You are right, temperature can affect the running of a roller coaster.
In no scientist but from what I remember from my GCSE science days, the cooler the temperature, the higher the friction between the wheels and track, thus making it slower and increasing the chance of a valley.
That's why a coaster gets faster as the day goes on, especially on a hot, dry day. As the train runs around the track, the wheels and track warm up creating less friction.
Of course the material of the coaster needs to be taken into account as different materials react to different weather conditions.
I think I'm right, but I do expect loefet to come along and condem my GSCE science to hell :lol:
^No, you've basically nailed it. There is also the effect of materials expansion under heat, which might affect the track and the trains, however I don't know how much this would really change the running of the coaster under 'normal' hot weather.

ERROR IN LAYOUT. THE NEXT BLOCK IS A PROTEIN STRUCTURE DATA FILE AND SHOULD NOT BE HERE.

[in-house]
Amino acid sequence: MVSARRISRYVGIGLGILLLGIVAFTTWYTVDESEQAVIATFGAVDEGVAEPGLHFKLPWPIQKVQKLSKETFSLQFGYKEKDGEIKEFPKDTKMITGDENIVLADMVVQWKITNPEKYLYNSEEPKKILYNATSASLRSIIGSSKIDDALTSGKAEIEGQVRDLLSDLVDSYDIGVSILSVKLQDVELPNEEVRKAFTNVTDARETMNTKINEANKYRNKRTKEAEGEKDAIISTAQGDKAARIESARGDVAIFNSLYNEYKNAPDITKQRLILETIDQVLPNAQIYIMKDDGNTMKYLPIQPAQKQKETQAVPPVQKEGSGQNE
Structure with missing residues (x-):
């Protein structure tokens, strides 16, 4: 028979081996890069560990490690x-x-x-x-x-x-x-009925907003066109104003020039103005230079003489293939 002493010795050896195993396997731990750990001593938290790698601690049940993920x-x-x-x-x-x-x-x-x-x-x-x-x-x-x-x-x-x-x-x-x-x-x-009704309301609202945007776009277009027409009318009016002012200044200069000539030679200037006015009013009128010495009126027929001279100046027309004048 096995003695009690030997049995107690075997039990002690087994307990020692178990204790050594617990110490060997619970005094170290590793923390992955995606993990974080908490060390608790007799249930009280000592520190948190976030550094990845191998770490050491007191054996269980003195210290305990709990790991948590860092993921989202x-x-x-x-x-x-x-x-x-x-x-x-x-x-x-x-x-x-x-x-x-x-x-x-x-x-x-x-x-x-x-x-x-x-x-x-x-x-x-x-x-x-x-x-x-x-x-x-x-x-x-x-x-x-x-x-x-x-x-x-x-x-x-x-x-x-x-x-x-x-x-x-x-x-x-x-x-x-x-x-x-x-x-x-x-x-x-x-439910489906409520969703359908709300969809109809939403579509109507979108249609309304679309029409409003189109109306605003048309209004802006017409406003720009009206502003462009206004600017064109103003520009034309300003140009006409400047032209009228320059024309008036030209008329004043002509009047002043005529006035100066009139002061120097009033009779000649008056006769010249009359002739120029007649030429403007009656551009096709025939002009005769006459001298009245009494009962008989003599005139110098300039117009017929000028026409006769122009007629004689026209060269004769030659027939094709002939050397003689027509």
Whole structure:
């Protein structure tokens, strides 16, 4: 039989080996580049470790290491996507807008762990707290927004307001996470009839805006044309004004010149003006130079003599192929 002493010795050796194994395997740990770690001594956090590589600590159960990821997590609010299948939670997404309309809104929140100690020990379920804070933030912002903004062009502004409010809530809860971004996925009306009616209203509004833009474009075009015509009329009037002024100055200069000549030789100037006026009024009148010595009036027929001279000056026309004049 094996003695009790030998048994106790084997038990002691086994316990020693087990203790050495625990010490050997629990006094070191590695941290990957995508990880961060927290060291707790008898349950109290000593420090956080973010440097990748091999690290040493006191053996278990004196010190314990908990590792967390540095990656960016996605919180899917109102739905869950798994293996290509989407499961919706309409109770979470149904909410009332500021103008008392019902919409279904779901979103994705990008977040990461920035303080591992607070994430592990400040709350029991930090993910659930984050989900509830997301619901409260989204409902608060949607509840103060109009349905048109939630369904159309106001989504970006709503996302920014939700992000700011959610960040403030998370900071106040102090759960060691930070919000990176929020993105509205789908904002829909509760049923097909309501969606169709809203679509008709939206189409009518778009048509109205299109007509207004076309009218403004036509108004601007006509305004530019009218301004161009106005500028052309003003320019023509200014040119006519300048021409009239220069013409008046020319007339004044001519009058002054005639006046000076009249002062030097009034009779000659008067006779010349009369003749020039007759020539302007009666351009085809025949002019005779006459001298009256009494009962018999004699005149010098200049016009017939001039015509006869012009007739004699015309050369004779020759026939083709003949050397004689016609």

^I might have to disagree with Intamin & woodie, because El Toro won't run in subzero temperatures. The minimum temperature I've seen it run is 2 degrees (C) & they had to use blowtorches to heat the wheels before testing the trains for a full 90 minutes in order to be assured it wouldn't valley. We waited the full 2 hours to be the first to ride it that day & I've never seen the Wild Bull run so slow. It barely made it around the circuit.
You also have to consider what type of lubrication is being used in the road wheels. Early season operation requires a much thinner oil. I use 5w oil for the first few weekends our boomerang is open. You can also make adjustments to the locking nuts that hold the wheel to the spindle. The lighter weight oil and an adjustment to the locking nut makes a huge difference.
As the temperature warms you can readjust the nut and move to 30w oil.
Some parks use Kluber grease in their wheels instead of oil. Grease does not work as well when the temperatures are colder.